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Last House Standing 2005

Recommended

Distributed by Cinema Guild, 115 West 30th Street, Suite 800, New York, NY 10001; 212-685-6242
Produced by Chao Gan & Zi Liang
Directed by Chao Gan & Zi Liang
DVD, color, 88 min.



College - Adult
Area Studies, China

Date Entered: 03/08/2007

Reviewed by Sheila Intner, Professor Emerita, Graduate School of Library & Information Science, Simmons College GSLIS at Mt. Holyoke, South Hadley, MA

The inevitable conflicts between progress and tradition, between the primary interests of individuals and the society in which they live are portrayed in this well-made documentary. The most striking element, however, is the ineffable sadness of its protagonist, Mr. Jiang. As his story emerges through interviews by a temporary tenant in his house--a Beijing journalist sent to Shanghai to work on an assignment--an aura of hopelessness envelops the viewer. By its end, one realizes his spirit is broken despite his cool, unchanging, outward demeanor.

One of a large affluent Shanghai family, Mr. Jiang’s father left his wife and children when Jiang was a boy, fleeing political unrest in mainland China. Not long after, his mother takes several siblings and abandons him, too, leaving for Hong Kong and, later, America, where most of his immediate family resettle. They write, begging him to join them, but he steadfastly refuses to leave Shanghai. His mother gives him the deed to the house, a mansion by Shanghai standards, standing close to the city center with its growing landscape of skyscrapers.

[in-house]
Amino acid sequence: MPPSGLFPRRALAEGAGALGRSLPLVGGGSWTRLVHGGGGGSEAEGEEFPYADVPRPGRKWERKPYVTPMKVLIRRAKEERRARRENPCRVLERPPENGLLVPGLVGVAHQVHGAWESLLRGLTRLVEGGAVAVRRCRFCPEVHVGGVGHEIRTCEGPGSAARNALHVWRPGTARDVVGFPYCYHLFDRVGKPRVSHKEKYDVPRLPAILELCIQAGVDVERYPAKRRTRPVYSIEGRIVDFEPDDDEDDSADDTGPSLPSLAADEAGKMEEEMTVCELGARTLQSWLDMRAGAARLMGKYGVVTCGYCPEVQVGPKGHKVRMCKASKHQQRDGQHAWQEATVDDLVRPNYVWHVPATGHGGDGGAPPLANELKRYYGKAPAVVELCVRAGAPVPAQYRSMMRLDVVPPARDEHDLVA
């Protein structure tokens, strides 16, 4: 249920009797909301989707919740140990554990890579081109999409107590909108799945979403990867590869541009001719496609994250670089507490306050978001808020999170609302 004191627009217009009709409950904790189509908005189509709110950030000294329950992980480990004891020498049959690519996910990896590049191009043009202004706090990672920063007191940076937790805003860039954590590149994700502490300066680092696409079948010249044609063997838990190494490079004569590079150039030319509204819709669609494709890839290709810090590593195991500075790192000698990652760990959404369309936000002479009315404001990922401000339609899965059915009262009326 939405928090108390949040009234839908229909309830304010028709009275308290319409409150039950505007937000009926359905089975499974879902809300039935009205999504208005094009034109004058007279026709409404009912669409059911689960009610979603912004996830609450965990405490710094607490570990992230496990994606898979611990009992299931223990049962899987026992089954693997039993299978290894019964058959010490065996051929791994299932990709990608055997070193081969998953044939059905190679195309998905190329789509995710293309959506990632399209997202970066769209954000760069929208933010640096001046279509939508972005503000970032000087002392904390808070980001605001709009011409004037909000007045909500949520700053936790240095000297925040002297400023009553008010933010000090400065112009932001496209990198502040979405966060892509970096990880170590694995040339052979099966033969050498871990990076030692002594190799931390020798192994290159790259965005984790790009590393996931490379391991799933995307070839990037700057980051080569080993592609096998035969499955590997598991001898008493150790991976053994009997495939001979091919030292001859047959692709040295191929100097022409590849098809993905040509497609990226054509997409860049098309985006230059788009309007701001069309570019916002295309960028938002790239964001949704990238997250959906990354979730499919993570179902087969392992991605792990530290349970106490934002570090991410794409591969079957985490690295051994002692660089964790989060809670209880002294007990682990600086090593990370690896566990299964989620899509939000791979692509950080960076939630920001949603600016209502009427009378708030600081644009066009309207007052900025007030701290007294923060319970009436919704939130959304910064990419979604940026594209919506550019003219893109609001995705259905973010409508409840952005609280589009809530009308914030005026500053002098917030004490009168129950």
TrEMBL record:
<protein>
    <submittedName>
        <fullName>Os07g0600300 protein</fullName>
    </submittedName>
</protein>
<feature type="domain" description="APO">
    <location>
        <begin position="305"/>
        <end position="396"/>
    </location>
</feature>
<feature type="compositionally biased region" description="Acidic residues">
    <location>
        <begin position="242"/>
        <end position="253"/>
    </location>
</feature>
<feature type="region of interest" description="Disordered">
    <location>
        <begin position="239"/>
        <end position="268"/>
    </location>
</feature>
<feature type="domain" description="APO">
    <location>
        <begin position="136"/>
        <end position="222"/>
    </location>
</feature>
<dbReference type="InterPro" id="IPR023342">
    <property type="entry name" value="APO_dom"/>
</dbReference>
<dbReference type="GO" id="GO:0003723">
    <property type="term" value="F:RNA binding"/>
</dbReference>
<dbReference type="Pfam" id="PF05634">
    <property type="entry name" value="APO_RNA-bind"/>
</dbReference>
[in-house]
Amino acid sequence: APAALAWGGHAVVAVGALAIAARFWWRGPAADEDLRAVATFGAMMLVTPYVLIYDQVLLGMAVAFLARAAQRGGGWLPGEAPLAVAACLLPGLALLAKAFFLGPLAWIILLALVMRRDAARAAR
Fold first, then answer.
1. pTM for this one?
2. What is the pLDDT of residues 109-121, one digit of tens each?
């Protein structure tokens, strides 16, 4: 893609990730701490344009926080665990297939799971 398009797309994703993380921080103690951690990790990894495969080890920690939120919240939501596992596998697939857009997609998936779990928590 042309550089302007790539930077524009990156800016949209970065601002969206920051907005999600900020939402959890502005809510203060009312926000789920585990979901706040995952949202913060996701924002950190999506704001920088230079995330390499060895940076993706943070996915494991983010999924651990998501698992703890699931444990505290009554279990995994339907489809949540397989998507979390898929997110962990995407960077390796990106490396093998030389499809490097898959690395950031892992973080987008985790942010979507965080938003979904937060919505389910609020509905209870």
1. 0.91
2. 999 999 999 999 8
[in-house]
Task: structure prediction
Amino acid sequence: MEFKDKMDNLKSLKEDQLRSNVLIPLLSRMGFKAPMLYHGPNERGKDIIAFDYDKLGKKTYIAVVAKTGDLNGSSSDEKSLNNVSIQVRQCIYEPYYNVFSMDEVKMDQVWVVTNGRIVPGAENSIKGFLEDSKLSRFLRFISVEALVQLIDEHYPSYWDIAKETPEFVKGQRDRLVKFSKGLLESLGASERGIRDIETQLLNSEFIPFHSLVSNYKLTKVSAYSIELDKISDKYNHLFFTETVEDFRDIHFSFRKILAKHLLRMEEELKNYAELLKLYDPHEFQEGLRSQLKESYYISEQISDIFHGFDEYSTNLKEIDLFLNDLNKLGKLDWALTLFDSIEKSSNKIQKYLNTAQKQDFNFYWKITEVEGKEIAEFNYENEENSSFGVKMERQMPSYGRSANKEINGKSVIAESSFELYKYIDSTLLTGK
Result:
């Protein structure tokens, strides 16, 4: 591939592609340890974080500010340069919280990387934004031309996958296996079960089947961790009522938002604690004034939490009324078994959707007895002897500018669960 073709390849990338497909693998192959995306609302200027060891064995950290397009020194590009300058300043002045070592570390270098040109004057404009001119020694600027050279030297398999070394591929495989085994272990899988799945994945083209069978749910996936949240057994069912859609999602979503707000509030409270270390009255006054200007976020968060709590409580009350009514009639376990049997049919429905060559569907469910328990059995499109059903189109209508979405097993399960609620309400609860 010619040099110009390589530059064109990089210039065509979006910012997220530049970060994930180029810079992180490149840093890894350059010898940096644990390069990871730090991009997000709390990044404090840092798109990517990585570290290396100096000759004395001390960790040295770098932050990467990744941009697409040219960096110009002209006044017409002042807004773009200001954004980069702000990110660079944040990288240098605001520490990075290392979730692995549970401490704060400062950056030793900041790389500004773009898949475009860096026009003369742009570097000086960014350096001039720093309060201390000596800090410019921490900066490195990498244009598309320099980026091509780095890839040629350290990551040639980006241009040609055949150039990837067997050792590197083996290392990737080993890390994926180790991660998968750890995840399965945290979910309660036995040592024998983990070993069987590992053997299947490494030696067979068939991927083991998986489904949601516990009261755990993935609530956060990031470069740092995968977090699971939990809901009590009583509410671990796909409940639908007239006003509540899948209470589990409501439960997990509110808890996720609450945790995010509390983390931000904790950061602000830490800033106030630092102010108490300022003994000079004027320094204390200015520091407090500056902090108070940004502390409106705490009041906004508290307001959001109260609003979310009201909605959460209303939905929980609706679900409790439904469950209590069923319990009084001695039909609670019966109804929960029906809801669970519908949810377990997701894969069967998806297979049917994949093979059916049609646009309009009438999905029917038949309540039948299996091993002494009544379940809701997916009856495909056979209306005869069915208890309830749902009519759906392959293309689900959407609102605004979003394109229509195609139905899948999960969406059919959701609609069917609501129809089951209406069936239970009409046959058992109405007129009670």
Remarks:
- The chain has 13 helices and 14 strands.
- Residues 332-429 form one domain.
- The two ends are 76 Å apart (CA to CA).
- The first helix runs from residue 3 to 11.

The narrator rents a room from Mr. Jiang. He does not work. Mysterious assets left by his family are enough to provide the daily necessities, a decent wardrobe, and an occasional meal in a fine hotel. His few friends claim Mr. Jiang is a good dancer and once enjoyed the company of women, though he never married. The viewer learns he was taken away during the Cultural Revolution and did not return for 18 years. When he comes back, he renews his vow never to leave his house and, up to this point, has kept his promise.

Now, the government has condemned the entire neighborhood where Mr. Jiang’s house stands and is demolishing the buildings, one by one. Refusing to face the inevitable, Mr. Jiang continues his routine, varying it only to evade officials prodding him to sell the house so it, too, can be torn down to make way for the city’s development project. Eventually, surrounded by rubble, he agrees. On the eve of his 60th birthday, he leaves, never to see the house again. What will he do? Where will he go? Viewers are left to ponder these questions, but get no answers. What remains is the profound sadness of Mr. Jiang--abandoned by father, mother, siblings, and, in his old age, by his sole anchor--the last house standing.

The film exhibits good camerawork and editing, mainly live action with occasional archival clips, and enjoys deliberate pacing and excellent subtitles. Its only drawback is the narrator’s grating voice, belting out questions and demanding answers. But, perhaps, this too symbolizes the brash, loud new China riding roughshod over the quiet, gentle, old way of life.

Recommended as background material for China area studies.

Awards:

  • Grand Prize, EIDF, 2005